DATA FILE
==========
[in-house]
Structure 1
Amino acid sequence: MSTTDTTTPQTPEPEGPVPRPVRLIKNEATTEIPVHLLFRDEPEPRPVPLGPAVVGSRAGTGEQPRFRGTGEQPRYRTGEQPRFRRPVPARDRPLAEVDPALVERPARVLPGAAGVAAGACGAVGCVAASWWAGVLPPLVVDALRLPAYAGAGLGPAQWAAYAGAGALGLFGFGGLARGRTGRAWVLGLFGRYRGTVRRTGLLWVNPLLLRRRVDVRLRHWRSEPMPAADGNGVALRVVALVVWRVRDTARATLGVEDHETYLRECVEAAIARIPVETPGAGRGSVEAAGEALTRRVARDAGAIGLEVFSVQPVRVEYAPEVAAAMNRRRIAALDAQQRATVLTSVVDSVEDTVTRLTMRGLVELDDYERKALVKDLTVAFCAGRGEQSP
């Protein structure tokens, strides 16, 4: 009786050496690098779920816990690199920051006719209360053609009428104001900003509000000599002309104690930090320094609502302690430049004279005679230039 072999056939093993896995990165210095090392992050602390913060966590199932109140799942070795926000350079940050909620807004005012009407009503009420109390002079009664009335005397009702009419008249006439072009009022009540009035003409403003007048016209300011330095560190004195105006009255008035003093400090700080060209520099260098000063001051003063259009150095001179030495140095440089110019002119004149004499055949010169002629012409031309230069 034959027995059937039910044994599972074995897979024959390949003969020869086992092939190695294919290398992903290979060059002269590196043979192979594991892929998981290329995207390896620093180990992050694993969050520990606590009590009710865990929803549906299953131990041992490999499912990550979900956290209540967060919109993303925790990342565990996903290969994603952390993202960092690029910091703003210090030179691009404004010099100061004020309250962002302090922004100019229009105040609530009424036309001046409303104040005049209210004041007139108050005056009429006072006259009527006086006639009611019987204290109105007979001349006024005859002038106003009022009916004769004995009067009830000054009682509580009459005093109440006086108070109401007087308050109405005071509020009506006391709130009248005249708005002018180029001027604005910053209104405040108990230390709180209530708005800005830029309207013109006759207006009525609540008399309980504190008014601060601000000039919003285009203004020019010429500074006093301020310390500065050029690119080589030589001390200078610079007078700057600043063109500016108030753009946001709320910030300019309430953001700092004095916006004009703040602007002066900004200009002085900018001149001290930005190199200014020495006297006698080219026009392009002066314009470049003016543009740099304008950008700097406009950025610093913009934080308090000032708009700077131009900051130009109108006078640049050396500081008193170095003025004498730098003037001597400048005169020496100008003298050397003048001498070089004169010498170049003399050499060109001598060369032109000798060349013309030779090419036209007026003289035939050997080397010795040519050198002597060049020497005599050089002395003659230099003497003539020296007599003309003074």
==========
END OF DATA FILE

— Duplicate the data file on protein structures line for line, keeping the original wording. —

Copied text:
[in-house]
Structure 1
Amino acid sequence: MSTTDTTTPQTPEPEGPVPRPVRLIKNEATTEIPVHLLFRDEPEPRPVPLGPAVVGSRAGTGEQPRFRGTGEQPRYRTGEQPRFRRPVPARDRPLAEVDPALVERPARVLPGAAGVAAGACGAVGCVAASWWAGVLPPLVVDALRLPAYAGAGLGPAQWAAYAGAGALGLFGFGGLARGRTGRAWVLGLFGRYRGTVRRTGLLWVNPLLLRRRVDVRLRHWRSEPMPAADGNGVALRVVALVVWRVRDTARATLGVEDHETYLRECVEAAIARIPVETPGAGRGSVEAAGEALTRRVARDAGAIGLEVFSVQPVRVEYAPEVAAAMNRRRIAALDAQQRATVLTSVVDSVEDTVTRLTMRGLVELDDYERKALVKDLTVAFCAGRGEQSP
């Protein structure tokens, strides 16, 4: 009786050496690098779920816990690199920051006719209360053609009428104001900003509000000599002309104690930090320094609502302690430049004279005679230039 072999056939093993896995990165210095090392992050602390913060966590199932109140799942070795926000350079940050909620807004005012009407009503009420109390002079009664009335005397009702009419008249006439072009009022009540009035003409403003007048016209300011330095560190004195105006009255008035003093400090700080060209520099260098000063001051003063259009150095001179030495140095440089110019002119004149004499055949010169002629012409031309230069 034959027995059937039910044994599972074995897979024959390949003969020869086992092939190695294919290398992903290979060059002269590196043979192979594991892929998981290329995207390896620093180990992050694993969050520990606590009590009710865990929803549906299953131990041992490999499912990550979900956290209540967060919109993303925790990342565990996903290969994603952390993202960092690029910091703003210090030179691009404004010099100061004020309250962002302090922004100019229009105040609530009424036309001046409303104040005049209210004041007139108050005056009429006072006259009527006086006639009611019987204290109105007979001349006024005859002038106003009022009916004769004995009067009830000054009682509580009459005093109440006086108070109401007087308050109405005071509020009506006391709130009248005249708005002018180029001027604005910053209104405040108990230390709180209530708005800005830029309207013109006759207006009525609540008399309980504190008014601060601000000039919003285009203004020019010429500074006093301020310390500065050029690119080589030589001390200078610079007078700057600043063109500016108030753009946001709320910030300019309430953001700092004095916006004009703040602007002066900004200009002085900018001149001290930005190199200014020495006297006698080219026009392009002066314009470049003016543009740099304008950008700097406009950025610093913009934080308090000032708009700077131009900051130009109108006078640049050396500081008193170095003025004498730098003037001597400048005169020496100008003298050397003048001498070089004169010498170049003399050499060109001598060369032109000798060349013309030779090419036209007026003289035939050997080397010795040519050198002597060049020497005599050089002395003659230099003497003539020296007599003309003074």